Canadian Manufacturing

Jason Kenney, Rachel Notley begin formal transfer of power in Alberta

The Canadian Press

Canadian Manufacturing
Regulation Oil & Gas Public Sector

Kenney won a strong majority in the election on a get-tough policy toward any and all oil and gas opponents

EDMONTON—Premier Rachel Notley and incoming premier Jason Kenney began the formal transfer of power in Alberta on Thursday, with Notley saying Kenney is already getting real-life lessons on the difference between political grandstanding and governing.

The NDP’s Notley said that since the United Conservative leader won Tuesday’s Alberta election, Quebec has rebuffed his public pitch to accept new pipelines and the B.C. government officially endorsed this week a federal bill to formalize a tanker ban off its northern coast.

“What it does demonstrate is it’s not as simple as having press conferences and expressing people’s outrage over and over,” Notley told reporters after meeting with Kenney at Government House.

“This is a complicated country. It involves considered diplomacy and strategic pressure in a thoughtful way.


“We will be keeping a close eye to making sure that he engages in that considered diplomacy/strategic pressure for the benefit of the pipeline—not grandstanding for the benefit of political outcomes.”

Kenney, a former federal Conservative cabinet minister, won a strong majority in the election on a get-tough policy toward any and all oil and gas opponents. He has long criticized Notley’s government as an enabler of federal policies detrimental to Alberta’s oil and gas industry.

He said the NDP’s passivity was deliberate to gain federal approval of the Trans Mountain pipeline project, which got the green light in 2016 to ship more Alberta oil to the B.C. coast but, due to legal challenges and reversals in court, has yet to see shovels in the ground.

Kenney has promised to fight Prime Minister Justin Trudeau in court on multiple fronts, including the federal carbon tax, and has promised to do what he can to get Trudeau defeated in the fall national election.

Notley said she discussed a number of issues with Kenney on Thursday, including Bill 12, which Notley’s government introduced and passed but never proclaimed into law. The bill gives Alberta power to restrict oil shipments to B.C. if that province continues to resist Trans Mountain.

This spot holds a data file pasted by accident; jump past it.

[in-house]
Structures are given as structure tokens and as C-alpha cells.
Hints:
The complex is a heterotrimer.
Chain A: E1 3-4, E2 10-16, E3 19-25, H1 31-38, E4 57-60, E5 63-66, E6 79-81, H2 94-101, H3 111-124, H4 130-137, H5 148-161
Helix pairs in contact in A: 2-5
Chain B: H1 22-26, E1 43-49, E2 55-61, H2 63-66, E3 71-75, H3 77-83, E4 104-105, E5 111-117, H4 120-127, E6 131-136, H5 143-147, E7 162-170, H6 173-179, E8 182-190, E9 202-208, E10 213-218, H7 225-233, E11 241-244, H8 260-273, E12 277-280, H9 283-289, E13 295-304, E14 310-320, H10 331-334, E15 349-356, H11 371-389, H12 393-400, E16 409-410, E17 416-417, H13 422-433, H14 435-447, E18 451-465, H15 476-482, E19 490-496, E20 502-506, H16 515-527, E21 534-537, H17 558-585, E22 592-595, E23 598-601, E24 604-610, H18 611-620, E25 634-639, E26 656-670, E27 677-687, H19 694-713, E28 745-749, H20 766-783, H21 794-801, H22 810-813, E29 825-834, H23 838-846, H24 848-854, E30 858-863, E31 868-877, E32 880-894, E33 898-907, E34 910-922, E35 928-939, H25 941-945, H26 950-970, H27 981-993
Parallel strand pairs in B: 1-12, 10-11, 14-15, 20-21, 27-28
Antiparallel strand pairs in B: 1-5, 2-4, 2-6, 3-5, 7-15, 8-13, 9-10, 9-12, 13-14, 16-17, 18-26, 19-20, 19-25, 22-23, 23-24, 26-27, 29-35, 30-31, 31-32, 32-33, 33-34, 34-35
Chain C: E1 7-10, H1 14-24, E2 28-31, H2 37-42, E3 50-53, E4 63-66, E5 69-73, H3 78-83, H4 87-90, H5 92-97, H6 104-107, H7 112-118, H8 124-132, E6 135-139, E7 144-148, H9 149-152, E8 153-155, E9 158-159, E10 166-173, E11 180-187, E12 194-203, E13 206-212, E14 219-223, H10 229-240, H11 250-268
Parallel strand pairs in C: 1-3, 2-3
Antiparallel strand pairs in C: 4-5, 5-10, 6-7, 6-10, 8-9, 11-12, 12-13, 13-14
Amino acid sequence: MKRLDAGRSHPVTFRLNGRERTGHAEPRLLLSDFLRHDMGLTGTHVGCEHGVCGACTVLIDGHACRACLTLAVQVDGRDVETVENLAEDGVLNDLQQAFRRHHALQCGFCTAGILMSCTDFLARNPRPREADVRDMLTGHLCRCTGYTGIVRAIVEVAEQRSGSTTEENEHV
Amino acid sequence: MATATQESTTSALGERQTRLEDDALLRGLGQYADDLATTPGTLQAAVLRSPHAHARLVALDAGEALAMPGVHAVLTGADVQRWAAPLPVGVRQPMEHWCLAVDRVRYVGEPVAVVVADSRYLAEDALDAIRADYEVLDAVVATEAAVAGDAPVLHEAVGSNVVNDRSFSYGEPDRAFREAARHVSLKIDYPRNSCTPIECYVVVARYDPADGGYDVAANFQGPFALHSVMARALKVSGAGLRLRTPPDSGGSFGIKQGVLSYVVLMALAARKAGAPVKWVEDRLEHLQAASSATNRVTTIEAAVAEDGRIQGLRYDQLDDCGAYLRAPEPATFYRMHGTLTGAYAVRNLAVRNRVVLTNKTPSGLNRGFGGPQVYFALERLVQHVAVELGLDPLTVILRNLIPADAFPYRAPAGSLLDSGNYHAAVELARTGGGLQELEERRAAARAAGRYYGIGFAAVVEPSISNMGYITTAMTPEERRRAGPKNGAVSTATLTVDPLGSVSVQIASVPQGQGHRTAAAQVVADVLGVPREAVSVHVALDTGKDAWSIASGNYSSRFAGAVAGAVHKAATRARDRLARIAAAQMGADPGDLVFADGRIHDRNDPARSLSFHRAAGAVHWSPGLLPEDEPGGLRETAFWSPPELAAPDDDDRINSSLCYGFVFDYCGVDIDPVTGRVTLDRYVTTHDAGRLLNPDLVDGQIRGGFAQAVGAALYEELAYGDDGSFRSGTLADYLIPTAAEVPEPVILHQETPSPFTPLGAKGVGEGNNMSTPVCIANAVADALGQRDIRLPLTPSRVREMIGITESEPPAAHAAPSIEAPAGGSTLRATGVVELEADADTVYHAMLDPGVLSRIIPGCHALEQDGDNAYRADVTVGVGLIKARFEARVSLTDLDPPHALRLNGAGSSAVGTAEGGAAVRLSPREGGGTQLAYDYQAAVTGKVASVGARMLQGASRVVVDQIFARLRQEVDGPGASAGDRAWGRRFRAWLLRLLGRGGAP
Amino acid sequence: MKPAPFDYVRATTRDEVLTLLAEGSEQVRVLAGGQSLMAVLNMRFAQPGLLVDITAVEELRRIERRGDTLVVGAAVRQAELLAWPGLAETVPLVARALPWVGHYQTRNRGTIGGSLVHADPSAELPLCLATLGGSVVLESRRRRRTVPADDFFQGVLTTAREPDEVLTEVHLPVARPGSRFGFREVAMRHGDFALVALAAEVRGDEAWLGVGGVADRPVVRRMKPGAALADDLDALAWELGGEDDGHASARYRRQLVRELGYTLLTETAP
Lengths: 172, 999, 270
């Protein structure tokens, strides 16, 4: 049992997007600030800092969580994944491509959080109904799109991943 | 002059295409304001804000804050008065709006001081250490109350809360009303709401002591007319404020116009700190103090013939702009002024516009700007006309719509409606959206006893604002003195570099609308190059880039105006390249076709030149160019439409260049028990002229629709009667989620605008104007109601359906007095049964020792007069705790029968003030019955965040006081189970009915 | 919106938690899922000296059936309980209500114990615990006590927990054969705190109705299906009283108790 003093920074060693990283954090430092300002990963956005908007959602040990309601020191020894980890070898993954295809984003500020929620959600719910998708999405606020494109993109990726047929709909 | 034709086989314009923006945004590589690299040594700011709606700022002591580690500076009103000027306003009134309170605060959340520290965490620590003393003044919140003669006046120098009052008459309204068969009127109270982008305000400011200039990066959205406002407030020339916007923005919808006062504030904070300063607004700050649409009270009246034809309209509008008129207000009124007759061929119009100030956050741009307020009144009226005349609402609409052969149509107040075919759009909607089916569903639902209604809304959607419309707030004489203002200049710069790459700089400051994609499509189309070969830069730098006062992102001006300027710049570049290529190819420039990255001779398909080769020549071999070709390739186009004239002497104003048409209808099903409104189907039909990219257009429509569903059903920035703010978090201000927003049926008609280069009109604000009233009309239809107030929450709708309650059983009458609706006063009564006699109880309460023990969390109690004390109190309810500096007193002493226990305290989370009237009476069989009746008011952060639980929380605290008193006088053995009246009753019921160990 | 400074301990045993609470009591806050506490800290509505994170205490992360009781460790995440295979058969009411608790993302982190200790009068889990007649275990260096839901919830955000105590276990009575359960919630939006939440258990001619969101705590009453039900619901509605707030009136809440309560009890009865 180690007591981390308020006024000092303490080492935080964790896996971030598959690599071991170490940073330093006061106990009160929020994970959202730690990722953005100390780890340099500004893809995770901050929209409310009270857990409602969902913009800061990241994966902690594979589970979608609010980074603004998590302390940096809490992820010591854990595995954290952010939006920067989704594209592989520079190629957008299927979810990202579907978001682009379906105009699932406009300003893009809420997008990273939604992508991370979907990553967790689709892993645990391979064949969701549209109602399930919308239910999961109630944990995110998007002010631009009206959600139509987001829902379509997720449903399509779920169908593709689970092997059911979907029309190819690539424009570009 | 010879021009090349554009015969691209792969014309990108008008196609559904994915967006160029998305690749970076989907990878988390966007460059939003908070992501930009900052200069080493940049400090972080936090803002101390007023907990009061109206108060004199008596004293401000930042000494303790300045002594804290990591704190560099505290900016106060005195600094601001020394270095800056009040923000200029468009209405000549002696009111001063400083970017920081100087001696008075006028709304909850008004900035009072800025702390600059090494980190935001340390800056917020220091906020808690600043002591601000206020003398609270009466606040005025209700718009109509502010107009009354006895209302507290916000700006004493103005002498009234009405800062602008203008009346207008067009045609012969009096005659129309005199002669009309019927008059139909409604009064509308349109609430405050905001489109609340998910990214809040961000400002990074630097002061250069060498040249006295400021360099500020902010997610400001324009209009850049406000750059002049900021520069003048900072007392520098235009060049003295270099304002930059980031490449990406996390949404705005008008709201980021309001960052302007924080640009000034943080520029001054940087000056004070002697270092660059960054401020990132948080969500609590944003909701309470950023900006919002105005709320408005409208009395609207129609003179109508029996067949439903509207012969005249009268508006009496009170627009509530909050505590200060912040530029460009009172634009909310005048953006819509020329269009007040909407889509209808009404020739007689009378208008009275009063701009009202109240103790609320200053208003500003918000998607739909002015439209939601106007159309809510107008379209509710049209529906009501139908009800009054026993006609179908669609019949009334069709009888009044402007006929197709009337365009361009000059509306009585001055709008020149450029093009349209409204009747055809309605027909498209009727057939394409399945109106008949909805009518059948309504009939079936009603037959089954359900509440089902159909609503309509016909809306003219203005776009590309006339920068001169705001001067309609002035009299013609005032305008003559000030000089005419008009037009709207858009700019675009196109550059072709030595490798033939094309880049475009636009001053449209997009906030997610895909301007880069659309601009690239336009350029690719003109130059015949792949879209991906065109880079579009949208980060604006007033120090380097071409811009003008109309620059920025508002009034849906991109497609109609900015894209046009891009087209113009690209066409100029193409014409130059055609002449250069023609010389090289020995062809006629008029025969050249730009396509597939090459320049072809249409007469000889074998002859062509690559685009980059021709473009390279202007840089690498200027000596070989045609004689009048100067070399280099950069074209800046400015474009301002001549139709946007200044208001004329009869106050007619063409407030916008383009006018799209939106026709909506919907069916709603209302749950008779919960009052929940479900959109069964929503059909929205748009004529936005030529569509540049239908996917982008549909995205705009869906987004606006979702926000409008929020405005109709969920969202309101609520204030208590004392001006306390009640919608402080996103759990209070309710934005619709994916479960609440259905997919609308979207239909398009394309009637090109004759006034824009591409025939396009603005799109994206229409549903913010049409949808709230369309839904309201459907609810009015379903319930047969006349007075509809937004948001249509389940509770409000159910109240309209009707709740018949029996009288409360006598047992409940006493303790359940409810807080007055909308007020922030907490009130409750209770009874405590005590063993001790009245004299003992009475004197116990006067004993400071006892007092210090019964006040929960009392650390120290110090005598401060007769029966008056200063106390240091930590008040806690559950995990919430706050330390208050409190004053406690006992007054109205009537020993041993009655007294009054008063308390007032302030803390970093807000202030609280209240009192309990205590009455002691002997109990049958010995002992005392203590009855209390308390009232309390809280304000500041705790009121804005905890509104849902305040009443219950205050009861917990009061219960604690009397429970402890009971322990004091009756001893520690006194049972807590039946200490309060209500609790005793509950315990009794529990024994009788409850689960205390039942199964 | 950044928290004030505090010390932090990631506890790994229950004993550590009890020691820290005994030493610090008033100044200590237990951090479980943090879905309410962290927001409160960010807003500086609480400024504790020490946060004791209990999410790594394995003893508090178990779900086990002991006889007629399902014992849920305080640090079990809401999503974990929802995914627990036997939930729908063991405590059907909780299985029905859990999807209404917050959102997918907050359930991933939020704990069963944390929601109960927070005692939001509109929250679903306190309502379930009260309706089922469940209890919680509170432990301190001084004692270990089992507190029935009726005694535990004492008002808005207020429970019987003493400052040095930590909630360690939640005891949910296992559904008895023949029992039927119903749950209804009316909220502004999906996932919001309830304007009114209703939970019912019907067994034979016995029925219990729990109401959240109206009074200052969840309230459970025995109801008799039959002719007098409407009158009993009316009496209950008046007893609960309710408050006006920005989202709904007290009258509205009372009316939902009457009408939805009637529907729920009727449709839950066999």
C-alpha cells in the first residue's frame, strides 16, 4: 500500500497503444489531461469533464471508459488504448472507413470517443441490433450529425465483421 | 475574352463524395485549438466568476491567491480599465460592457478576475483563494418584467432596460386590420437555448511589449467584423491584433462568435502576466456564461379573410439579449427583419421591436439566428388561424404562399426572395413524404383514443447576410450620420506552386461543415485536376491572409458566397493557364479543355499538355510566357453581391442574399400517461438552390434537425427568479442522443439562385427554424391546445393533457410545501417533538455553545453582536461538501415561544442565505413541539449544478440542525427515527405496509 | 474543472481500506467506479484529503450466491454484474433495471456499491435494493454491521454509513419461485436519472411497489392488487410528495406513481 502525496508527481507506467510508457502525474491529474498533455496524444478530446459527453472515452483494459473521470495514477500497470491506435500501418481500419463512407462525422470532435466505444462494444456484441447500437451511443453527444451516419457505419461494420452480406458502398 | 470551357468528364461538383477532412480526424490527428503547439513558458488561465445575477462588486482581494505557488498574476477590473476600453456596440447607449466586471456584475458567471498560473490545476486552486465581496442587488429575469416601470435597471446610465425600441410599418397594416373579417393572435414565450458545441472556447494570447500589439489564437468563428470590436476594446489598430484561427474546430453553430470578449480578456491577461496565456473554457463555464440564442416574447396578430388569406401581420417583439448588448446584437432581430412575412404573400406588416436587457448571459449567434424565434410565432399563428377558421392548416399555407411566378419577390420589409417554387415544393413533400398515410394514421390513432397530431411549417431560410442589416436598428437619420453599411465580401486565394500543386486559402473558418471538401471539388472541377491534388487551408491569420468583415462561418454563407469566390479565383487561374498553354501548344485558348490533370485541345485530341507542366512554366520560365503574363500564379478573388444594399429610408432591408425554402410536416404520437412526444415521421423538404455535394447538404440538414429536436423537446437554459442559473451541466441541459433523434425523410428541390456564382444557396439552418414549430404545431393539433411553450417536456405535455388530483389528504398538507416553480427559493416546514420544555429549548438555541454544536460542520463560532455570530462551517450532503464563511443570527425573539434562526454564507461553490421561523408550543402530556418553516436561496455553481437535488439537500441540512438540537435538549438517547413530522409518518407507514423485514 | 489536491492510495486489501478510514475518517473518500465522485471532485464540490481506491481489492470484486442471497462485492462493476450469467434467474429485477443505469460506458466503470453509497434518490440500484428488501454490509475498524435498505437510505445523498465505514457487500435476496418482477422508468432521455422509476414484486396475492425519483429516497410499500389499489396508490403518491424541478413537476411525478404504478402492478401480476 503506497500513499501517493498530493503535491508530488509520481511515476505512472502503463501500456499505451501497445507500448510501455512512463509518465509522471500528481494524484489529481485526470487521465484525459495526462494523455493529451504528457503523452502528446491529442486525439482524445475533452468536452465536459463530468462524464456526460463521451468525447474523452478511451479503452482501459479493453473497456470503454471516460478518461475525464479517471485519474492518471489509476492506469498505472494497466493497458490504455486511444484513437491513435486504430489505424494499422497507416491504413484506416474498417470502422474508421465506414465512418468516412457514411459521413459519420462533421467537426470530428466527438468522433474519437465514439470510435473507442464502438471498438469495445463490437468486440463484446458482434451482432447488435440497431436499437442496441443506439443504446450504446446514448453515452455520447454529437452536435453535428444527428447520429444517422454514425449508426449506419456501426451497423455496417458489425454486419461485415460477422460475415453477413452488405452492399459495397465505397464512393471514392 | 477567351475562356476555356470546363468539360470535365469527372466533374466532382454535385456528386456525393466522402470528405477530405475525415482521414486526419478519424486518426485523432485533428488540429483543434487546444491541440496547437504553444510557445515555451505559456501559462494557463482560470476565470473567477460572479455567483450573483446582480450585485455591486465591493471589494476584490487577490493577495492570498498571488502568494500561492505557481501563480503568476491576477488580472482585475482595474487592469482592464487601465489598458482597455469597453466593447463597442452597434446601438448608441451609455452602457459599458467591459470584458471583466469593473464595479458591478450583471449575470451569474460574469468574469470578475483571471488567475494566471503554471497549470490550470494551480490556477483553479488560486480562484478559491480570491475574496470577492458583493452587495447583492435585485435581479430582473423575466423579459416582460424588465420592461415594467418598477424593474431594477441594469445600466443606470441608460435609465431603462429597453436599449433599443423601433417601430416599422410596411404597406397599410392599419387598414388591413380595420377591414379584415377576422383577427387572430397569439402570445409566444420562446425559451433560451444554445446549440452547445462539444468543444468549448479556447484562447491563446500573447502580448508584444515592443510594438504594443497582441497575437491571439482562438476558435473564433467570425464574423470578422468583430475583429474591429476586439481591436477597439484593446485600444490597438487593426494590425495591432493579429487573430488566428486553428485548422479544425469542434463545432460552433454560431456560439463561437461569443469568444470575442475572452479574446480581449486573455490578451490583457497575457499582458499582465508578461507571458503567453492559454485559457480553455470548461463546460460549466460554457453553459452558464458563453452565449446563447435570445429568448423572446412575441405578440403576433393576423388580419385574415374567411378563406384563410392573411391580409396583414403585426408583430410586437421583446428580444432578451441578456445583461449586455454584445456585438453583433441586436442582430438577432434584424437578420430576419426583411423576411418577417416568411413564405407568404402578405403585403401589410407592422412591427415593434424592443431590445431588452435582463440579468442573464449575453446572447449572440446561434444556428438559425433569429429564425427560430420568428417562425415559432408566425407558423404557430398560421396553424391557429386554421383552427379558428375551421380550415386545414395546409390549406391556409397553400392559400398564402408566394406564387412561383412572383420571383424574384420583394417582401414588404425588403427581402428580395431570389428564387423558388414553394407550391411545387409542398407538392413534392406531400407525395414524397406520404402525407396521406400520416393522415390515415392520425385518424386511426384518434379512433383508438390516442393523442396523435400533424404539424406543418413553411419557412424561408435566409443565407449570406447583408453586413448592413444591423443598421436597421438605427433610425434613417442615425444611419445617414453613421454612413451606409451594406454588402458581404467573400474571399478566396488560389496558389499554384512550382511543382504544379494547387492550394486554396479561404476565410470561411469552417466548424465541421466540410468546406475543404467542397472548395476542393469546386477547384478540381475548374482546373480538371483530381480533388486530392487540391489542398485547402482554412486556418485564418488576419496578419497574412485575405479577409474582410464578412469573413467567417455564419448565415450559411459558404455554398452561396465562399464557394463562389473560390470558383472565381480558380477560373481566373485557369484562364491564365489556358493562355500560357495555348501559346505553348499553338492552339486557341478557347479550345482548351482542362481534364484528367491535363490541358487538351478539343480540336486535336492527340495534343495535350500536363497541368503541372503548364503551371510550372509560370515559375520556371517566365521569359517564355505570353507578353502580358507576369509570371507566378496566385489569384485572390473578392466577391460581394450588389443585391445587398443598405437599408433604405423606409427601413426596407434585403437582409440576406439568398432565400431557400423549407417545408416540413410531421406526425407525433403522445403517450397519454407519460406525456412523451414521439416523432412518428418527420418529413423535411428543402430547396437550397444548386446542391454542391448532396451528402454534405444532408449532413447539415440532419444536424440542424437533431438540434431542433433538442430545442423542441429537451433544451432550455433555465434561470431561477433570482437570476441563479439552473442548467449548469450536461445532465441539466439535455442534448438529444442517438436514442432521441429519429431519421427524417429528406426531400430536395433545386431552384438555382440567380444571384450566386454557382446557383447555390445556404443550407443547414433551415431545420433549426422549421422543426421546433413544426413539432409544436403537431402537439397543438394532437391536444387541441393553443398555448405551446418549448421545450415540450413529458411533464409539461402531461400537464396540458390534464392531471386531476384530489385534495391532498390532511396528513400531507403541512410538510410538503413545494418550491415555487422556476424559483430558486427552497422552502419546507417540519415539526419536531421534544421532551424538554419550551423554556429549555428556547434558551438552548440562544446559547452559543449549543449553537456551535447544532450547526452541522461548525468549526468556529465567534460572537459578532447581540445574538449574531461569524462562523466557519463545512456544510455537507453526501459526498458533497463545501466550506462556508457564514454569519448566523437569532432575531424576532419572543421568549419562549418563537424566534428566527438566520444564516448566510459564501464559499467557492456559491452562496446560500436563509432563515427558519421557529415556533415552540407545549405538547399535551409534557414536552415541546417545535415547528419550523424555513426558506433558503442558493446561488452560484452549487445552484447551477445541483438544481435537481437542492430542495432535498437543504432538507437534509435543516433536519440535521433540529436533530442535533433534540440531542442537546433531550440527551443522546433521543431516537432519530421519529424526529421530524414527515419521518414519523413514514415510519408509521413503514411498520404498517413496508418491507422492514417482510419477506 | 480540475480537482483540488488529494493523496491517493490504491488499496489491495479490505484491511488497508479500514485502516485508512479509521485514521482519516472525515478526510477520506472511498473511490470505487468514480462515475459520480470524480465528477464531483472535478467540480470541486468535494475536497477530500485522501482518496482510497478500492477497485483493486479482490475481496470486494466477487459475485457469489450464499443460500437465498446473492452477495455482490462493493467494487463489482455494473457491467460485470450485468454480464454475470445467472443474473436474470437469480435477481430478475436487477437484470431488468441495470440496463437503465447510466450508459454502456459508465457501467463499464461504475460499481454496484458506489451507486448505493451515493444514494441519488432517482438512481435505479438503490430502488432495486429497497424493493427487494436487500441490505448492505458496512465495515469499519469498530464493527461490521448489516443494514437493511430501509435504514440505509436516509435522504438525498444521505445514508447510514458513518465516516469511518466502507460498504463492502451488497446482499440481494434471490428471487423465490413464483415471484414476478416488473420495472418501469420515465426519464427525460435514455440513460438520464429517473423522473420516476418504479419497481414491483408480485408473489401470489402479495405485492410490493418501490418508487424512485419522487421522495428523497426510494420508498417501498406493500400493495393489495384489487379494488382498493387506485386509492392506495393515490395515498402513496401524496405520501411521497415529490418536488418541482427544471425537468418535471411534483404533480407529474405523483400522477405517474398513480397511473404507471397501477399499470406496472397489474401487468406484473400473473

Kenney has said the first act of his government will be to proclaim Bill 12 into law to send a strong message that Alberta will protect its oil and gas. Legal experts say it’s also a move that could give B.C. the opening it needs to successfully challenge the bill’s constitutionality in court.

Notley said Kenney’s promise to lift her government’s cap on Alberta oilsands emissions could also threaten Trans Mountain approval, given the cap was a key reason why Ottawa approved the multibillion-dollar project in the first place.

Kenney has said his approach will be one of cooperation and diplomacy with all political leaders, but that he will leave no doubt about Alberta’s determination to stand up for its bread and butter industry, particularly against those who benefit from it while opposing its growth.

As part of that fight-back plan, Kenney has pledged to create a government communications “war room” to challenge oil and gas opponents and those who spread misinformation about the industry.

It will have an initial budget of $30-million, Kenney said Thursday, and it will be staffed with communications professionals who are creative and, more importantly, nimble and quick to fight rhetorical fire with fire.

“Both the industry and governments of different partisan stripes have not been fast enough to respond to the incoming attacks,” said Kenney.

“I want a unit in the government that will be on that (factual errors and lies) the moment it is published, demanding a correction.”

Kenney and his new government are to be sworn in April 30, with a spring legislature sitting starting a few weeks after that.

Notley is staying on as Opposition Leader, but wouldn’t say Thursday whether this will be short-term while a successor is groomed or if she plans to stay the full four years and lead the NDP into the next election.

“That’s a little bit premature,” she said.

“My intention to lead Alberta’s Official Opposition and to stand up for the things that we fought for in the election.”


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